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Chang Makes Quick Work of Mamiit


The end is near. But it's not here.

Top-seeded Michael Chang defeated No. 5-seeded Cecil Mamiit, 6-3, 7-5, in 89 minutes Sunday in the championship match of the U.S. Tennis Assn. Challenger of Calabasas at Calabasas Tennis and Swim Club for his first tournament title since winning the Los Angeles Open in 2000.

"It feels great," Chang said. "Coming into this week, I was hoping to win a match."

Since advancing to the quarterfinals of a Challenger event at Hawaii in January, Chang, 30, had lost in the first round of six consecutive tournaments, including last week at Tarzana, where he also was seeded No. 1.

On Sunday, he finally felt like a top-seeded player, even if it happened in a lower-level match than he has been used to playing for most of his career, and on a tour he has been forced to join on a regular basis to gain ranking points and boost his sagging confidence, admittedly hurt by two years of struggle on the court.

His last victory in an ATP Tour match came at Vienna in October.

"I think most people would see this as just a Challenger, but I see it as much more than that, especially because it has been so long," Chang said. "The longer you play, every victory that you get becomes that much sweeter."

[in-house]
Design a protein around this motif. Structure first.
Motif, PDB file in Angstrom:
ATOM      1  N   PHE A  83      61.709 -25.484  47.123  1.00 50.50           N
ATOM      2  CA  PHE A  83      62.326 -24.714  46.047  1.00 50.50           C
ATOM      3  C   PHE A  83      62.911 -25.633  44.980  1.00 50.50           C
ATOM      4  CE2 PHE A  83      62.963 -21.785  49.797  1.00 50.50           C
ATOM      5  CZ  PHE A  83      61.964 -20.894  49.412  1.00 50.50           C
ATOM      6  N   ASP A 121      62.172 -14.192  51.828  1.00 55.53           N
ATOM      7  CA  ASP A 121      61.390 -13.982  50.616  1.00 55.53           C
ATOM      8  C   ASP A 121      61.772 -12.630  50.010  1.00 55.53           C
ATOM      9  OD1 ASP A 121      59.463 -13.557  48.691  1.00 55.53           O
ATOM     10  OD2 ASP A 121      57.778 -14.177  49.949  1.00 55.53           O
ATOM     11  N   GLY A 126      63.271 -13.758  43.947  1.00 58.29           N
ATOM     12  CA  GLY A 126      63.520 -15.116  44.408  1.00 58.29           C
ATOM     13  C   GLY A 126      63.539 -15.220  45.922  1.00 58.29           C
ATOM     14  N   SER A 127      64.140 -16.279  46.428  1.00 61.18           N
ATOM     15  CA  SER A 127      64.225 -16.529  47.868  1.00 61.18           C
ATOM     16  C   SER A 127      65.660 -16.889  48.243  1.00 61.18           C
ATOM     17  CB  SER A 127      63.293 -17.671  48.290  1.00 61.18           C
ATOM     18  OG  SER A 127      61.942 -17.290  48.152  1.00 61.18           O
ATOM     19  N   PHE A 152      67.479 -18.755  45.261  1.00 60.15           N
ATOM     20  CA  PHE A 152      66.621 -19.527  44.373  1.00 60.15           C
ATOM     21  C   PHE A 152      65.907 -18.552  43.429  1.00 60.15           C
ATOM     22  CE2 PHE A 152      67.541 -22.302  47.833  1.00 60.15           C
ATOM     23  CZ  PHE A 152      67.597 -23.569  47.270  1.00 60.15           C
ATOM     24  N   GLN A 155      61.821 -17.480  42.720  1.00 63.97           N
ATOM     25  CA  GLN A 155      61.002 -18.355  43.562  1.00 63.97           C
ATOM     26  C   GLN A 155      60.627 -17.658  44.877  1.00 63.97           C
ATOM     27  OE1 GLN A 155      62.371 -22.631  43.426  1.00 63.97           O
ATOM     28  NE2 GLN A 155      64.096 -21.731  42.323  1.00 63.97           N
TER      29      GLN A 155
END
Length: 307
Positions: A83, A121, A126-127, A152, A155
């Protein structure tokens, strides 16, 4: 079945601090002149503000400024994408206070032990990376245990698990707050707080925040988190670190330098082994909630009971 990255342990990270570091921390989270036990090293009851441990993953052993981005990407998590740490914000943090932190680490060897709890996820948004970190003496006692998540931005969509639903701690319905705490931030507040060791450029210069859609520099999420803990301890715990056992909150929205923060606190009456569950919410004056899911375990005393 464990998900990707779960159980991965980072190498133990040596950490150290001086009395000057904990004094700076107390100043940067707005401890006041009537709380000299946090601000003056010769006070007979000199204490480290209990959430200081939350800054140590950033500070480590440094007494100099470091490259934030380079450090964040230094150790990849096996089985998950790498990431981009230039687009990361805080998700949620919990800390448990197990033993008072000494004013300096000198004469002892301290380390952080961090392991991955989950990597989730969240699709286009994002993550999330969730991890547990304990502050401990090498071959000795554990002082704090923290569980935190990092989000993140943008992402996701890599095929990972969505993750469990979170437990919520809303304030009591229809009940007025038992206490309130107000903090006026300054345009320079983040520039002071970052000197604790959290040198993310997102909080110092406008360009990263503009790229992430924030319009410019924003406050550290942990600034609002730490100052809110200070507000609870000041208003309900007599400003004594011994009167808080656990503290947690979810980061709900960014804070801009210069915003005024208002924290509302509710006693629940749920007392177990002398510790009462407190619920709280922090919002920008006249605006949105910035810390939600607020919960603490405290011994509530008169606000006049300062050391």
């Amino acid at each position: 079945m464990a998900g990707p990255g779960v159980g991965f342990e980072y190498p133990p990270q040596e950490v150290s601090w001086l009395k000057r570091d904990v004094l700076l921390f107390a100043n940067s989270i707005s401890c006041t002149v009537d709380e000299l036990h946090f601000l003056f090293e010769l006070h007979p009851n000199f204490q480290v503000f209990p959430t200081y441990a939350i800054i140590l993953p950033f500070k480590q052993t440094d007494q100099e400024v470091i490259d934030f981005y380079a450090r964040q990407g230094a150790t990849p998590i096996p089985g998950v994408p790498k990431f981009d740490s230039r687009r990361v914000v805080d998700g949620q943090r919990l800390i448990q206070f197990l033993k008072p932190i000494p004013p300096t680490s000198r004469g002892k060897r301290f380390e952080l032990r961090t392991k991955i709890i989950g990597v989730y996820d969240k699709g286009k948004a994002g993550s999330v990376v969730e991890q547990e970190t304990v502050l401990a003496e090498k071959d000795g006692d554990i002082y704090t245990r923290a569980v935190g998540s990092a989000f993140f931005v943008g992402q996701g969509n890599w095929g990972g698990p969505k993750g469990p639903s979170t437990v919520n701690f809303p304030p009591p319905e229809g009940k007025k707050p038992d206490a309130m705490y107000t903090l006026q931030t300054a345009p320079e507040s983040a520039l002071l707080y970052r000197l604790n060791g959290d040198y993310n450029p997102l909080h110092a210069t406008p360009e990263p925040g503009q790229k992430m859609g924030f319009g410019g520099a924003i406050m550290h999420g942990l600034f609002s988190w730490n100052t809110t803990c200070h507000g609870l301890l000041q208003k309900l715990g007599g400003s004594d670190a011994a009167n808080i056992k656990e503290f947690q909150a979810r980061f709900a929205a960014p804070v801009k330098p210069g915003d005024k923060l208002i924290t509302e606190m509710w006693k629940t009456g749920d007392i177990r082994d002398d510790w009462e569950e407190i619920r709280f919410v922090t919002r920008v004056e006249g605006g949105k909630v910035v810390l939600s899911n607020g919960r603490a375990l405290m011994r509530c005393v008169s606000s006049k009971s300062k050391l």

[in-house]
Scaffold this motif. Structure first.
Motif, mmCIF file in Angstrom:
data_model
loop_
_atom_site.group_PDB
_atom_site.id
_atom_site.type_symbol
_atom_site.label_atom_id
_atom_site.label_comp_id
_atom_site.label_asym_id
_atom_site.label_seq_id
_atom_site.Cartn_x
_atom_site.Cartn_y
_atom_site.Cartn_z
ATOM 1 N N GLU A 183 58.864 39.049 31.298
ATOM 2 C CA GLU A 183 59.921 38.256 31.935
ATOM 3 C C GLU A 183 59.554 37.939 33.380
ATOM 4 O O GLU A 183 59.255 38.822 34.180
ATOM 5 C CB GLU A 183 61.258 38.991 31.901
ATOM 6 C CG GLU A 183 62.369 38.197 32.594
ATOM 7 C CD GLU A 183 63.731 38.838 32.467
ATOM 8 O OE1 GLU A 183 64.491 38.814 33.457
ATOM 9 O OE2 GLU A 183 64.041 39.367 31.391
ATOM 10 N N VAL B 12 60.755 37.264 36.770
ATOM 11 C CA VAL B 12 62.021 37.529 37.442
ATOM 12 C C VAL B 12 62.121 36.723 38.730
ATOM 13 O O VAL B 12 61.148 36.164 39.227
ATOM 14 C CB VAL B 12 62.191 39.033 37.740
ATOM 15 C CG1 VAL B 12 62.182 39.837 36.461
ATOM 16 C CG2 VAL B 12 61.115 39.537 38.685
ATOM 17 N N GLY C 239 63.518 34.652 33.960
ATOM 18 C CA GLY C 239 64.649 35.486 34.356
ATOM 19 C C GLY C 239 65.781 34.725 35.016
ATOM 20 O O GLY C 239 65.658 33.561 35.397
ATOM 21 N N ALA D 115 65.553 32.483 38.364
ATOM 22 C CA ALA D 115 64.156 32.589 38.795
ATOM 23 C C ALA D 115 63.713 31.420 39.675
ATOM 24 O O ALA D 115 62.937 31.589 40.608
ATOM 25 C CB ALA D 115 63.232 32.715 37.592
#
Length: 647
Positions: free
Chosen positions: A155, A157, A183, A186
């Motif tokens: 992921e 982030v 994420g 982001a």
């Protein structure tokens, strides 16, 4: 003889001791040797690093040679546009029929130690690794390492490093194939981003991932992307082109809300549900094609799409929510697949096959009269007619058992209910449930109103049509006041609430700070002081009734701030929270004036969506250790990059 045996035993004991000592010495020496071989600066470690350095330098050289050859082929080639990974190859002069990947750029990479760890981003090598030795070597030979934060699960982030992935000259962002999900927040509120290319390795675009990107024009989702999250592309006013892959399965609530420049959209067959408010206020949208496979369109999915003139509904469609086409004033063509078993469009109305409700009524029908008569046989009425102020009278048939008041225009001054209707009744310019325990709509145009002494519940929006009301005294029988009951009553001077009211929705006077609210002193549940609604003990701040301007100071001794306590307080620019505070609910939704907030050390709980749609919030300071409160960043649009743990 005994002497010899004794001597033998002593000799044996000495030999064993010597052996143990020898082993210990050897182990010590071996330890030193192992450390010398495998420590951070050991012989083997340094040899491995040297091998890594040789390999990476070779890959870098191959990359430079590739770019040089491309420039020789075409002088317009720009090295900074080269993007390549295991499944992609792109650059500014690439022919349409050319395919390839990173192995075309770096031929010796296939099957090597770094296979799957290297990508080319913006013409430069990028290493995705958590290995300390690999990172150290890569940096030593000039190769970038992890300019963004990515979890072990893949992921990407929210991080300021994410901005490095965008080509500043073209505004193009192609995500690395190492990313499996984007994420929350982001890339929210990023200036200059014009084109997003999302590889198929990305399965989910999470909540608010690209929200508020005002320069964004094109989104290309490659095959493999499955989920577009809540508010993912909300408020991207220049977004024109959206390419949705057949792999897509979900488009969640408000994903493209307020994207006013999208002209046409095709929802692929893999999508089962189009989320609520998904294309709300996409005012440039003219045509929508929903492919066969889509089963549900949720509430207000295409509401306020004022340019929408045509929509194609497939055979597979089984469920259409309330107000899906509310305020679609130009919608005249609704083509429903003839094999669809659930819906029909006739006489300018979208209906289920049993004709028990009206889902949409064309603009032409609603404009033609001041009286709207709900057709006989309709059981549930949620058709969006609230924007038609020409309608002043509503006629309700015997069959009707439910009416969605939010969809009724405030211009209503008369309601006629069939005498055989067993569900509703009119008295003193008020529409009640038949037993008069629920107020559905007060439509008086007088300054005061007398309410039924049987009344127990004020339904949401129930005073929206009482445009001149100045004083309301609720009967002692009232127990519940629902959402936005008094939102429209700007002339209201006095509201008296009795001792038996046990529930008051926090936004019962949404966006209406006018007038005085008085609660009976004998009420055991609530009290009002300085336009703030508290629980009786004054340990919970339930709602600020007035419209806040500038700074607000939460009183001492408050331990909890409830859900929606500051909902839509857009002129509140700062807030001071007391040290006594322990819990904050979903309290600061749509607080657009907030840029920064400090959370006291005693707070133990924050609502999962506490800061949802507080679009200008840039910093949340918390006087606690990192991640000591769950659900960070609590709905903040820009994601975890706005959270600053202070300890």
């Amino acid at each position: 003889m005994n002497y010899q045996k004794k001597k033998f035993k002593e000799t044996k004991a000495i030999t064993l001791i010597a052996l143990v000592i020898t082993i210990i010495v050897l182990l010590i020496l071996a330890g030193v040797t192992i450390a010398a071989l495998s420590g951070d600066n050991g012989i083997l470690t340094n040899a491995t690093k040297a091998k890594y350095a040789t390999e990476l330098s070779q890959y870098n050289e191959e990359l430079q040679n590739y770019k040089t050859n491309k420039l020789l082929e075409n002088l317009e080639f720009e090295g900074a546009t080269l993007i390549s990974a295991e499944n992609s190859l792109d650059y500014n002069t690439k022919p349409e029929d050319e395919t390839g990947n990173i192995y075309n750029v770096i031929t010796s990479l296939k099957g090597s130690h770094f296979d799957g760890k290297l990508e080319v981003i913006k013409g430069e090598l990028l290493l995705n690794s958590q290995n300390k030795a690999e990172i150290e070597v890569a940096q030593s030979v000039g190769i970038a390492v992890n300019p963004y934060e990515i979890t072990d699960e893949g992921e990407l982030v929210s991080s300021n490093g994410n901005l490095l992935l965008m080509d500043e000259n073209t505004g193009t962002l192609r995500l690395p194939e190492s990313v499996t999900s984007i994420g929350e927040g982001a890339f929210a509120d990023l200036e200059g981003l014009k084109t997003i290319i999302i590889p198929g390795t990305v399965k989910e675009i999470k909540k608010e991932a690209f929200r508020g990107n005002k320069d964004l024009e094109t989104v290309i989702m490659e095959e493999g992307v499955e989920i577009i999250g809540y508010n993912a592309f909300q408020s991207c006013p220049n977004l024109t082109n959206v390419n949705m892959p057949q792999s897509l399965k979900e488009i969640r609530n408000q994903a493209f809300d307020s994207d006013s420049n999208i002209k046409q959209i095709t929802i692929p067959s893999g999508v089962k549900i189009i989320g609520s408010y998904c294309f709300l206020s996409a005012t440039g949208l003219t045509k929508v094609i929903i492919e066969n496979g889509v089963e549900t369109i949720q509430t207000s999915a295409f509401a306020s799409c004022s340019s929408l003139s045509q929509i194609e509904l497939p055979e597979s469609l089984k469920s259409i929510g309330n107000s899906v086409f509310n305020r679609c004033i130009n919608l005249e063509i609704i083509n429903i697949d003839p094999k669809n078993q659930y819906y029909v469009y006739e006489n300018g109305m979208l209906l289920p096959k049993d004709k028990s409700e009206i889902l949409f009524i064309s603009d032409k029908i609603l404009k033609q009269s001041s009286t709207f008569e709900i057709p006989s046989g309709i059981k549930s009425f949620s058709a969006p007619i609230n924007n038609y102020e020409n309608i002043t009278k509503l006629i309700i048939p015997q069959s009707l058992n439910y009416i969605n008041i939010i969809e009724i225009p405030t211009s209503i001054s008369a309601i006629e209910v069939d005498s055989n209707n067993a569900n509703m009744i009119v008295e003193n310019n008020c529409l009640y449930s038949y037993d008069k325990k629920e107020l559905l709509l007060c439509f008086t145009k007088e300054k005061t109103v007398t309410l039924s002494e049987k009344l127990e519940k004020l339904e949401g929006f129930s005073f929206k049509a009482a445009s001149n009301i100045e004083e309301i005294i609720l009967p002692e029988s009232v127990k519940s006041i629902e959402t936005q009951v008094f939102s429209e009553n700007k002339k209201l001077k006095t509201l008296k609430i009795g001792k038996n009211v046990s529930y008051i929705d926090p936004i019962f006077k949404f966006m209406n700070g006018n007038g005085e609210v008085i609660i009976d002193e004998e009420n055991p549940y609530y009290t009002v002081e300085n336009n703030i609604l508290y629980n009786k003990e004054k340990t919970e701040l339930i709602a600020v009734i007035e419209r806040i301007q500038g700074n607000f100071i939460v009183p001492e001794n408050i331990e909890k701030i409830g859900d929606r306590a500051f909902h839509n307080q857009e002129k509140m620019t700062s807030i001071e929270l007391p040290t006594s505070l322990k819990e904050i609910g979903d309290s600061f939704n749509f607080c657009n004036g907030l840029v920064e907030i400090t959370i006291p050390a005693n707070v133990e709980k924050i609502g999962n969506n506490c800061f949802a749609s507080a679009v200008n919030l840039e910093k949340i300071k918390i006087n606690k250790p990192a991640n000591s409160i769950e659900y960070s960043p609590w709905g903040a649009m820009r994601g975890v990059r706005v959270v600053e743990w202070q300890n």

The victory over Mamiit finally gave the 1989 French Open champion more titles in challengers (two) than in grand slams (one) because he rarely had to play at the developmental levels after bursting on the scene as a teenager. It probably will give Chang, No. 92 in the world in the ATP entry-system rankings, a standing high enough to ensure direct entry into this year's French Open on May 28-June 10.

Although his career is winding down, the French Open will not be his swan song. Chang said he plans to play for at least another two years.

"I think if you asked me that a week ago, I might have had a very different answer," he said. "Obviously, that's not set in stone. It's been a really tough road for me. But it's not a pride thing for me. I'm just out here trying to help my game and help my confidence. If I get to the point where I don't want to be out there and working as hard as I can, then I'll know it's time."

In the doubles final, Paul Rosner of South Africa and Glenn Weiner outlasted Paul Goldstein and former UCLA player Justin Gimelstob, 6-2, 4-6, 7-6 (4).

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